Wednesday, June 15, 2011

Chariots of Fire

This month, we are screening the 1981 film Chariots of Fires at Friday Night Flicks. It had occurred to me that I have never written an official review of this film. I consider Chariots of Fire to be one of the best films from the 1980s. It certainly is the best example of how a faith message can be incorporated into a mainstream film. In fact, if you want to see a portrayal of a Christian who reflects the nature and character of Christ, you will find no better example than the character of Eric Liddell.

From the opening scene, Chariots of Fire invokes deep emotions that have captivated audiences for over 30 years. It certainly captivated me as I watched the British national track and field team training for the upcoming 1924 Olympics to be held in Paris, France. The scene evokes the sense of optimism, hope and victory as each team member is running on the beach in unison.

They are all running for different reasons—God, country, King, national pride. The question is “in what order”. The heart of the story is about two very different people. Harold Abrams (Ben Cross) is an English Jew who is looking to overcome prejudice and find acceptance in the English hierarchy. He enrolls in Cambridge University and sees running as a way to achieve his goals. Eric Liddell, a Scotsman, (Ian Charleson) is the son of missionaries to China. He is a man of conviction and states “I believe that God made me for a purpose. But he also made me fast, and when I run, I feel his pleasure.” Liddell believes running will give him the opportunity to bring glory to God and an opportunity to proclaim the Gospel. Both men are on a collision course as they train and prepare for the Olympics. It’s clear that their motives, reasons and methods are radically different. But their destinies are linked.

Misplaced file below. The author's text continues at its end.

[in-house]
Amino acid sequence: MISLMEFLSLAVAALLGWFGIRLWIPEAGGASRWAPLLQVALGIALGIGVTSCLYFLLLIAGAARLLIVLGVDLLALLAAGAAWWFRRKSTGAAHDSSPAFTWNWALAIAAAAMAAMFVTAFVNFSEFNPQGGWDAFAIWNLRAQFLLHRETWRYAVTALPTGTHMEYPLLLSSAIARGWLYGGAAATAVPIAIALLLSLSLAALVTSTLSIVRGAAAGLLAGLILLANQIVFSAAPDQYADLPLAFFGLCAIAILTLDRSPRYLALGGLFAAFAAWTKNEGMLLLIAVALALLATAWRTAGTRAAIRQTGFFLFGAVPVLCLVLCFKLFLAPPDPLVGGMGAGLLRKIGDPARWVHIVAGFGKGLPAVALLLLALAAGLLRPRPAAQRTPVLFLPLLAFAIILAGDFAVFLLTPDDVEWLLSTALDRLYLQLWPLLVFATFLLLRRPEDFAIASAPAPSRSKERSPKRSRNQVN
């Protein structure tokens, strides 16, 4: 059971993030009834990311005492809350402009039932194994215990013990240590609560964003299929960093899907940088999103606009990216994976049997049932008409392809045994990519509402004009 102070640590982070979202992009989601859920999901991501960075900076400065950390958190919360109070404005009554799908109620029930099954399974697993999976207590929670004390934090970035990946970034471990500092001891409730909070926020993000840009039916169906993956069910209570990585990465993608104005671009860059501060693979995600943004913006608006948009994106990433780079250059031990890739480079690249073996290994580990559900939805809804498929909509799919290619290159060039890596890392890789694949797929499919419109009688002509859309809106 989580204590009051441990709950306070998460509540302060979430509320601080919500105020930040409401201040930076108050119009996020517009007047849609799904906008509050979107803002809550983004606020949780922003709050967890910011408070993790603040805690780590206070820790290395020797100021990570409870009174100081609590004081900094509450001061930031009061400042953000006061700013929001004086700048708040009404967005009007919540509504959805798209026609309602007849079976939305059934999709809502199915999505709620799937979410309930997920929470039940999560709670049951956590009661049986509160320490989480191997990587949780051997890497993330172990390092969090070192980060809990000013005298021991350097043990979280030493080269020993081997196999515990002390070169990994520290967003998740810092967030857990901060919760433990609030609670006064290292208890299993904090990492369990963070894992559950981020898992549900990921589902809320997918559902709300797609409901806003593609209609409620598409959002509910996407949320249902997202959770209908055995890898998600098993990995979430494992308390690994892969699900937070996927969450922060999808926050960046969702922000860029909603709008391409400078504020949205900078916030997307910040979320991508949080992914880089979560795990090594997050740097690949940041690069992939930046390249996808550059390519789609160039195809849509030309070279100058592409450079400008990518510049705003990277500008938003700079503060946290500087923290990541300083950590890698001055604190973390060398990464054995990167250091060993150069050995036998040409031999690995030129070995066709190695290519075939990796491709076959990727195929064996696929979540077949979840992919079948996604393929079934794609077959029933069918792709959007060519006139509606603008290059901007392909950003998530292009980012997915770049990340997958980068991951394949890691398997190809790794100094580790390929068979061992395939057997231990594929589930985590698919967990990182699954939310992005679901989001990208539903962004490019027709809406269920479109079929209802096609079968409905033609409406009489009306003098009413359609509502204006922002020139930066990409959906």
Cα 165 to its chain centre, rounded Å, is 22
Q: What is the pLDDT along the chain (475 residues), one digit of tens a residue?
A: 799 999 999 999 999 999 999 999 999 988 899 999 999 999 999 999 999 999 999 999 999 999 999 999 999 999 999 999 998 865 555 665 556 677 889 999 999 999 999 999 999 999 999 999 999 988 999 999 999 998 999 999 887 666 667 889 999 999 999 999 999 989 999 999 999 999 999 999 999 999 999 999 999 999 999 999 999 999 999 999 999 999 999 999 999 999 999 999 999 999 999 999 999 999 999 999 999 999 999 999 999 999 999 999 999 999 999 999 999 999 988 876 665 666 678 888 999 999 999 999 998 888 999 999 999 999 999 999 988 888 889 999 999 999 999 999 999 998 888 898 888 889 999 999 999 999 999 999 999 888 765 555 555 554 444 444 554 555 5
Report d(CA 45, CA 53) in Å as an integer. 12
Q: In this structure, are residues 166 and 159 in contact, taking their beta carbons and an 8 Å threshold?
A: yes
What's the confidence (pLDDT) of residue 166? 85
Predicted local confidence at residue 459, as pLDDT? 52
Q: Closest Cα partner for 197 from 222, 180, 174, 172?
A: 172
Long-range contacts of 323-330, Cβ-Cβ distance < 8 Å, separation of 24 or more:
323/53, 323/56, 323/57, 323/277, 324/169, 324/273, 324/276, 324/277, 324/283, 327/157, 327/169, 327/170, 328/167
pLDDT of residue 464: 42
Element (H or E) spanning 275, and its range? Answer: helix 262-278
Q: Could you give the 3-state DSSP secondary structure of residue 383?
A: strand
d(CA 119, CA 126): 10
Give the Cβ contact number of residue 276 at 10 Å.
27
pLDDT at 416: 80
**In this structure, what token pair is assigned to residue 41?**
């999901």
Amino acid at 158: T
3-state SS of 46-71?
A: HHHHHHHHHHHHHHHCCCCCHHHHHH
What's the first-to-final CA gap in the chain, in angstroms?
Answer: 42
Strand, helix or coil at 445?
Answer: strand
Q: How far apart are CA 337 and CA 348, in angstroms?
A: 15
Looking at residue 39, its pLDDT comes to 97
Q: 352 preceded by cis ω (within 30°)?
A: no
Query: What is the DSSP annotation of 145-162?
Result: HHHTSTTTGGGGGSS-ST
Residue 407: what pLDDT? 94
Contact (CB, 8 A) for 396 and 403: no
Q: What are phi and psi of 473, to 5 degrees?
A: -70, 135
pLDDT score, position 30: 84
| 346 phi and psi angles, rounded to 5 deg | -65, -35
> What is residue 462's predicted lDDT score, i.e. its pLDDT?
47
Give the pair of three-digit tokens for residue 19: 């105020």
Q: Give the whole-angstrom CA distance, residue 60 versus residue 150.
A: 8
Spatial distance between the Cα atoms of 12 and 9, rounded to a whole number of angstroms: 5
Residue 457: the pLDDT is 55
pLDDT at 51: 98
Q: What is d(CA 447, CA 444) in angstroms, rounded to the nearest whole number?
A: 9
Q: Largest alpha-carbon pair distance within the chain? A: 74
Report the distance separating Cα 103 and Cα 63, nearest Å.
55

Chariots of Fire is based on a true story. The part of the story that shocked the world was Eric Liddell’s refusal to run in the 100 meter heat because the event fell on the Sabbath. He faced enormous pressure from his country, including the Prince of Wales and future King of England. His refusal set off a firestorm of criticism. Is God first or is your country first? Is national pride more important than your integrity and beliefs.

The questions that Chariots of Fire pose are just as relevant and timeless today. What defines Eric Liddell is an important question. He is not being self-centered nor is he arrogant in his faith. I believe the movie does an excellent job depicting the character as a man who is defined by his faith. If you separate his beliefs and integrity from who he is, he would not have the strength or the will to win the race.

Harold Abrams, the son of Jewish immigrants from Lithuania, is also fighting his own battles. He faces enormous odds in discovering his identity and purpose. Abrams is trying to run his race. But what is the source of his power. Liddell asks the question, where does the power come from to see the race to the end. It is the central question of Chariots of Fire. Two very different men. Two very different belief systems. Each will have to find the source of that power in order to fulfill their destinies.

I find it hard to believe that a movie that depicts such powerful and compelling Judeo Christian beliefs could ever have been produced, yet alone win the Academy Award for Best Picture. Chariots of Fire was a surprise winner at the 1981 Academy Awards beating out films such as Reds, On Golden Pond and Raiders of the Lost Ark. Over the years, the film has received a fair amount of criticism for being the worst film receiving the Academy Award for Best Picture. But this small, low-budget British film is worthy of all of it’s critical acclaim. I just don’t see the critic’s beef. You have to wonder if they just don’t like the movie’s central theme and message.

Bottom line. if you haven’t seen this film or if you’ve seen it multiple times, Chariots of Fire will inspire you and provide a perspective and insight on how you can see your race to the end.

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